I collected 1.5 pounds of nettle today. That's a lot, for it being a green leafy thing. You should have seen me, tromping through the poison ivy, ditch-side, in pursuit of those fine tips. I even got stung on the tender inside of my arm, and can now testify as to how well dock leaf alleviates nettle sting. In fact, I now wish I had taken pictures of the process. I started off with white raised welts, surrounded with red. Half an hour after applying the dock, the welts and pain were gone, and only redness remained. Tonight, as I look down, I can see red pin pricks marking where I was nettle-stung, but have zero irritation. Hooray!
Nettle is my favorite green of the moment. For those of you participating in the Wild Thing Round Up foraging challenge, who are creating nettle recipes, use spinach as a jumping-off reference. But understand that nettle is also different from spinach. It's more substantial, and doesn't melt into goo. Nettle also has a flavor all it's own, more vegetable-y than spinach. I detected a faint broccoli taste in the nettle I had with my morning eggs. In other words, it's altogether nummy.
All that said, I managed to substitute nettle into a classic spinach recipe - saag paneer. Ok, gotcha, no points for originality today. But this dish is good, and I dare say that nettle holds up to the spices better than spinach. You know that I am a hard-core carnivore, but I happily ate leftover nettle paneer for lunch several days in a row.
As you know, because of my free-flowing approach to cooking, my recipes will never come close to duplicating anything authentic. And that is certainly the case here. This dish is loosely based upon what I've seen friends make in their homes.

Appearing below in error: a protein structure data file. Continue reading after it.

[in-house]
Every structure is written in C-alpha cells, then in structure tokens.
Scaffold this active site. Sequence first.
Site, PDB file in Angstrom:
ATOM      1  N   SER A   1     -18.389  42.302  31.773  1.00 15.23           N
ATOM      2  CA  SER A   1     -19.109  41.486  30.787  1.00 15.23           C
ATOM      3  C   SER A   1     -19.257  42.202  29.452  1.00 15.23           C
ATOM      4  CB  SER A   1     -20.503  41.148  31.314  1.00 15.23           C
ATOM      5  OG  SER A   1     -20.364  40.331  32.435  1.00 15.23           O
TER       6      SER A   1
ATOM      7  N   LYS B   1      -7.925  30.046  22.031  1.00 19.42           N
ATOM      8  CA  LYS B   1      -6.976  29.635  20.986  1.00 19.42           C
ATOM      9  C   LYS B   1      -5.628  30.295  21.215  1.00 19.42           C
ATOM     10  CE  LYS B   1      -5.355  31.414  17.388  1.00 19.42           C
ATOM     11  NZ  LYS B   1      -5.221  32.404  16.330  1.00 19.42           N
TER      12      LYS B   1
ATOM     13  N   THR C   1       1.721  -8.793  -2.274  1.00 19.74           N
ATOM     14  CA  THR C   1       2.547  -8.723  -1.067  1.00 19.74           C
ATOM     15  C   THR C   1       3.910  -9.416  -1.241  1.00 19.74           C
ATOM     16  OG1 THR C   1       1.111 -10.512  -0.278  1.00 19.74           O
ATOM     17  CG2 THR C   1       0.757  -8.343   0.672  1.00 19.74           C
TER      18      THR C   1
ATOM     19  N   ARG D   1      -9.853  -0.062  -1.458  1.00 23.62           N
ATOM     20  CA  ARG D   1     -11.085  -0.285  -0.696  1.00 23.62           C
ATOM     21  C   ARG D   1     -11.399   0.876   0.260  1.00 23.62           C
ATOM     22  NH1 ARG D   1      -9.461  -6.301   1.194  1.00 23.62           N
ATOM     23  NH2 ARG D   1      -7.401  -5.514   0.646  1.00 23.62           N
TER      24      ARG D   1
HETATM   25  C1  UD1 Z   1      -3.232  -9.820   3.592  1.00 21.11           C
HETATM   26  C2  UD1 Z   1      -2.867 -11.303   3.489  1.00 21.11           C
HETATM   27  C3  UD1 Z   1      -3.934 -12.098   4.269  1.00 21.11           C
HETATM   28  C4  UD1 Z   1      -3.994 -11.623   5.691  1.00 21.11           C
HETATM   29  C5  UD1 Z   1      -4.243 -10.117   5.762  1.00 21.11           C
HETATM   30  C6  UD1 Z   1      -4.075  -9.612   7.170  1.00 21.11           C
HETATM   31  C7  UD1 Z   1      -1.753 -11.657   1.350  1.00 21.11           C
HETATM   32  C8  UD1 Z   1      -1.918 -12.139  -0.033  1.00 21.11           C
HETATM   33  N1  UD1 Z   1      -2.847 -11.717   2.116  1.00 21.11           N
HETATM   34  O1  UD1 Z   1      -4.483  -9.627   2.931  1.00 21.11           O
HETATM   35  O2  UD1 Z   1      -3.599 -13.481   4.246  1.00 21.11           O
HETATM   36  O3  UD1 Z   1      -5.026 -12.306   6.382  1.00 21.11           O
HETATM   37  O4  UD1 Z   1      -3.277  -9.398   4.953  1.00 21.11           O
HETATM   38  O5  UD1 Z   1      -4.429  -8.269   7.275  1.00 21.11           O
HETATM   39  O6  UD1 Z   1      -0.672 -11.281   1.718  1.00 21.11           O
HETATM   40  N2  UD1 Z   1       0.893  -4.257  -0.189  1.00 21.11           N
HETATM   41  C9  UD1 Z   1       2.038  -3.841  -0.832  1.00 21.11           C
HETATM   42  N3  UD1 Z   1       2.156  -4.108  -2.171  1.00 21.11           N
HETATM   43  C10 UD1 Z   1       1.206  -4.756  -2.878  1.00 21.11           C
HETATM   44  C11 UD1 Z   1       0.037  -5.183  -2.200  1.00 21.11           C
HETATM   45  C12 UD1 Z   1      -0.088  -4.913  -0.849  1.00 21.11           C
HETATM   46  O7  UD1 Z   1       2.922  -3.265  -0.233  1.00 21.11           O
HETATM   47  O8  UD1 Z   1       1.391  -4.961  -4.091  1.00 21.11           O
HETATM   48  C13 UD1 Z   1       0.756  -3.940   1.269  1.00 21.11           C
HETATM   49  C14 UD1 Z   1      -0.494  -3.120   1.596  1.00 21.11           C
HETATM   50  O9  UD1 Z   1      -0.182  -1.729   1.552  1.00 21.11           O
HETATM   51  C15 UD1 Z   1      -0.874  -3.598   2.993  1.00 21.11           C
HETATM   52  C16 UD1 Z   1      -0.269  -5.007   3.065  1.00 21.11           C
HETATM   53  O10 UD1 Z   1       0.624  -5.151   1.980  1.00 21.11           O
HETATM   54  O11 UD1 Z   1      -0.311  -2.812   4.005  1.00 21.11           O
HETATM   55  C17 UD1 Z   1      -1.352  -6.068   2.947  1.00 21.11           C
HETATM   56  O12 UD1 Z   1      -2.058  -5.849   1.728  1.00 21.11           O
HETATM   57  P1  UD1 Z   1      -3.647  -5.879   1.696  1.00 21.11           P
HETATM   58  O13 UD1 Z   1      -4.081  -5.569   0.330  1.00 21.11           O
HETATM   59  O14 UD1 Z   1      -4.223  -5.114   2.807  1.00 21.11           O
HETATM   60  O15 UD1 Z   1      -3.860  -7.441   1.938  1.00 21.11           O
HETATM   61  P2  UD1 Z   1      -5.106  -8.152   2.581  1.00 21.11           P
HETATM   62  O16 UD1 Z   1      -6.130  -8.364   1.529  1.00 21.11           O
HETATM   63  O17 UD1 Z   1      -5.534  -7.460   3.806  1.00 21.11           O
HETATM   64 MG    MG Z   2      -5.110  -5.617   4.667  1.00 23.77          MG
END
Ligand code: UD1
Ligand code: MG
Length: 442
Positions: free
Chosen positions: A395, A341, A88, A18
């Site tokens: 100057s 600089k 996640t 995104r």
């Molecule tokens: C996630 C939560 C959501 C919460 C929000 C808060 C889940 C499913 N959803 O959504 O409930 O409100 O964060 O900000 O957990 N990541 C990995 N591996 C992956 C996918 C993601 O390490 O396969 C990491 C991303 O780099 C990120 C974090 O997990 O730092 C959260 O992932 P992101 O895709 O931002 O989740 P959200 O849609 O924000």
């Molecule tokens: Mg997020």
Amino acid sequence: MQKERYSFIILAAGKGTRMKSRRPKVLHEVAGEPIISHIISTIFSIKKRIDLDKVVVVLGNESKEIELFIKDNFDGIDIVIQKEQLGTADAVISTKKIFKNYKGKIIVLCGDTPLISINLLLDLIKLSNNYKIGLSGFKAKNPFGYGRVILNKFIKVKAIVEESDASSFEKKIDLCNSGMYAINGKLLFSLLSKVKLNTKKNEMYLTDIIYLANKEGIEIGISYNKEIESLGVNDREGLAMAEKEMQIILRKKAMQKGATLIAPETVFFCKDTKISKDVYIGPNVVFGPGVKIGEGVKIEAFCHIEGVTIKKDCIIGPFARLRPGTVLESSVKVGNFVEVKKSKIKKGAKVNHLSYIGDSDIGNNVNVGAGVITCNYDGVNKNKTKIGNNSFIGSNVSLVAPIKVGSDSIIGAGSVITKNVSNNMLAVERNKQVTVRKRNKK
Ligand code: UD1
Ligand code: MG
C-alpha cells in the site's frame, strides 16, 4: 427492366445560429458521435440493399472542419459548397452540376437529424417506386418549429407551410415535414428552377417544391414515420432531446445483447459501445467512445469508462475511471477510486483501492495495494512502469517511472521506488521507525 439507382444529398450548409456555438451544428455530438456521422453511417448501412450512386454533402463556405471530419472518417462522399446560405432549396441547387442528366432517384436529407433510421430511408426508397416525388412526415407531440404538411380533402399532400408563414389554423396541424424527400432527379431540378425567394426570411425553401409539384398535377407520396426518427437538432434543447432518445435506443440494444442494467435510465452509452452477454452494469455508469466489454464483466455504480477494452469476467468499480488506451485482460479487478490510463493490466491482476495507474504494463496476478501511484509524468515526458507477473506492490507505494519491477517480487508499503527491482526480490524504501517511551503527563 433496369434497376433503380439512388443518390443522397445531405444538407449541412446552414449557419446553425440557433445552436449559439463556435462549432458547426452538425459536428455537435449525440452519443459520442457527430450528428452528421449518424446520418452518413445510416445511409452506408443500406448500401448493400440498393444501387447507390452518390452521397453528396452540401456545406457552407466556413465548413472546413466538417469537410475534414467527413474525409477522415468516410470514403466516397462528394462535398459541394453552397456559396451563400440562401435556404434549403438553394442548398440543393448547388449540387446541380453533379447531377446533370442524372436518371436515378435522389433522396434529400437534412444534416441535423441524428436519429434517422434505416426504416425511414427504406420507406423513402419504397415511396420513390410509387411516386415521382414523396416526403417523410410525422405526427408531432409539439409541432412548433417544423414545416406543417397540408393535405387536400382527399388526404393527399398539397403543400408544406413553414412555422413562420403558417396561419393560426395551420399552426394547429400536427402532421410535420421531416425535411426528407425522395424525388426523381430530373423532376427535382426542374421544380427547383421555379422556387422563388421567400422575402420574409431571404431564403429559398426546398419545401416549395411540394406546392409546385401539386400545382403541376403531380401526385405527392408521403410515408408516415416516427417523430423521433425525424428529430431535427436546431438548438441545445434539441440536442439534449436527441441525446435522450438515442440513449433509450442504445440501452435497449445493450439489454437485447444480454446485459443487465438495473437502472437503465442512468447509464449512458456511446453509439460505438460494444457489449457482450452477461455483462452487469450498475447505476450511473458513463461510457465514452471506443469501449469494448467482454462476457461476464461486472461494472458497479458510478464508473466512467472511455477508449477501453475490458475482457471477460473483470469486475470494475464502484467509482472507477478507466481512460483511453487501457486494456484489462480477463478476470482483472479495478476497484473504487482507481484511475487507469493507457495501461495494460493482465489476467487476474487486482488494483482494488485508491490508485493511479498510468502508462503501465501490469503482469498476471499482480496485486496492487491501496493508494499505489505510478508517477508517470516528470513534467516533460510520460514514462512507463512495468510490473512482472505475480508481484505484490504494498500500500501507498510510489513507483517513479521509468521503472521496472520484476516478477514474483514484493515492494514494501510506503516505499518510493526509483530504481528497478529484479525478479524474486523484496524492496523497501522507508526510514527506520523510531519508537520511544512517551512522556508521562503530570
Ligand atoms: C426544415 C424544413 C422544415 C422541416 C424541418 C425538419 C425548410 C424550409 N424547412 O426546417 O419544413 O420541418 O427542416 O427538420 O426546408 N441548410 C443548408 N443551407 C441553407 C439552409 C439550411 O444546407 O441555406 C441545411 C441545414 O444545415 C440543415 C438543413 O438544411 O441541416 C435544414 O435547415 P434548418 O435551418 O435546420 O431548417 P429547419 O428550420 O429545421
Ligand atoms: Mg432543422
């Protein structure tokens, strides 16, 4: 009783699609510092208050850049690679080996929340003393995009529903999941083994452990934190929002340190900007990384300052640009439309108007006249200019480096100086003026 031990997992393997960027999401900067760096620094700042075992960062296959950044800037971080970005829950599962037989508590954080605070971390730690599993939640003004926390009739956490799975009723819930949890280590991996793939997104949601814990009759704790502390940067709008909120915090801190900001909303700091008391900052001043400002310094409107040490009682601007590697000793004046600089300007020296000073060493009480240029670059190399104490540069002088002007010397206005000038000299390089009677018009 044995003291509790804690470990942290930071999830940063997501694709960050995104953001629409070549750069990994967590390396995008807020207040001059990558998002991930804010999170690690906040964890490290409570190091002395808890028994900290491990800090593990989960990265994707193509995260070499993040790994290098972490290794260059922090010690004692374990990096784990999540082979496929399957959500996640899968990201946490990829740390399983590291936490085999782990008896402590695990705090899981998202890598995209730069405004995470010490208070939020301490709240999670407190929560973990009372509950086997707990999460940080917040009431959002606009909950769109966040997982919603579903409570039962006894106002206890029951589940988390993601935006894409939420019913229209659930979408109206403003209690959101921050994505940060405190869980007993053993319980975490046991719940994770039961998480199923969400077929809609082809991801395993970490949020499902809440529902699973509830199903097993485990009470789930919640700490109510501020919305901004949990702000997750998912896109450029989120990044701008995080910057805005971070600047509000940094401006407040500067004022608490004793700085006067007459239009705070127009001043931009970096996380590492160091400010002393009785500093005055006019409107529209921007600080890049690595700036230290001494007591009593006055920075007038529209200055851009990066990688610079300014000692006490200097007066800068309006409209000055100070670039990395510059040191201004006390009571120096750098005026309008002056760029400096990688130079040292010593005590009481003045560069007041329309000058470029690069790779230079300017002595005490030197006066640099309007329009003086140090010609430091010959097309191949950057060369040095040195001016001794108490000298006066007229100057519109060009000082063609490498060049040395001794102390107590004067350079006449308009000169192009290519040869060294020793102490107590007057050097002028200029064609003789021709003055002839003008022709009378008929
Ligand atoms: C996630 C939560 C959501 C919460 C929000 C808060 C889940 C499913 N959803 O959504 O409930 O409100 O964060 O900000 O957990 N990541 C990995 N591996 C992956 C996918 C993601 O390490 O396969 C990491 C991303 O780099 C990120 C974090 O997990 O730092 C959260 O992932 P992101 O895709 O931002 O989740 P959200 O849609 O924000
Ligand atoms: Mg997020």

Start by sauteing onions, garlic, and ginger in a bit of lard until softened and fragrant. Remove from pan.
Cut paneer (or Mexican fresh cheese, like I used) into small cubes, dust them with a little turmeric and chile powder, then throw them into the pan, and brown on all sides. Remove from pan.
Chop up your nettles, making certain to protect your hands with gloves until the nettles hit the heat. Drop the chopped nettles into the pan, stir around to coat with oil, add enough water to barely cover the bottom of the pan, then cover and let simmer until the water is nearly gone, at which point the nettles should be very tender. Add a big pinch of curry powder, a small pinch of garam masala, and a little salt, and continue to cook the nettles to blend flavors.
At this point, if you'd like your nettle to be less leafy, and more creamy, blend them up a bit with a stick blender. Return the onion, garlic, ginger, and cheese to the pan. Stir in a big spoonful of yogurt, a little squeeze of lemon, and adjust the salt.
Serve with flat bread or rice.
Cauldrons and Crockpots and I are brewing up lots of tasty treats using nettle this month, and are very excited to learn what's cooking in your home. If you've got a great nettle recipe, mail it to firstname.lastname@example.org before the end of the month, and you'll be included in June's collection of wild recipes.
I'm sharing this wild recipe with Pennywise Platter Thursday, and Fight Back Friday.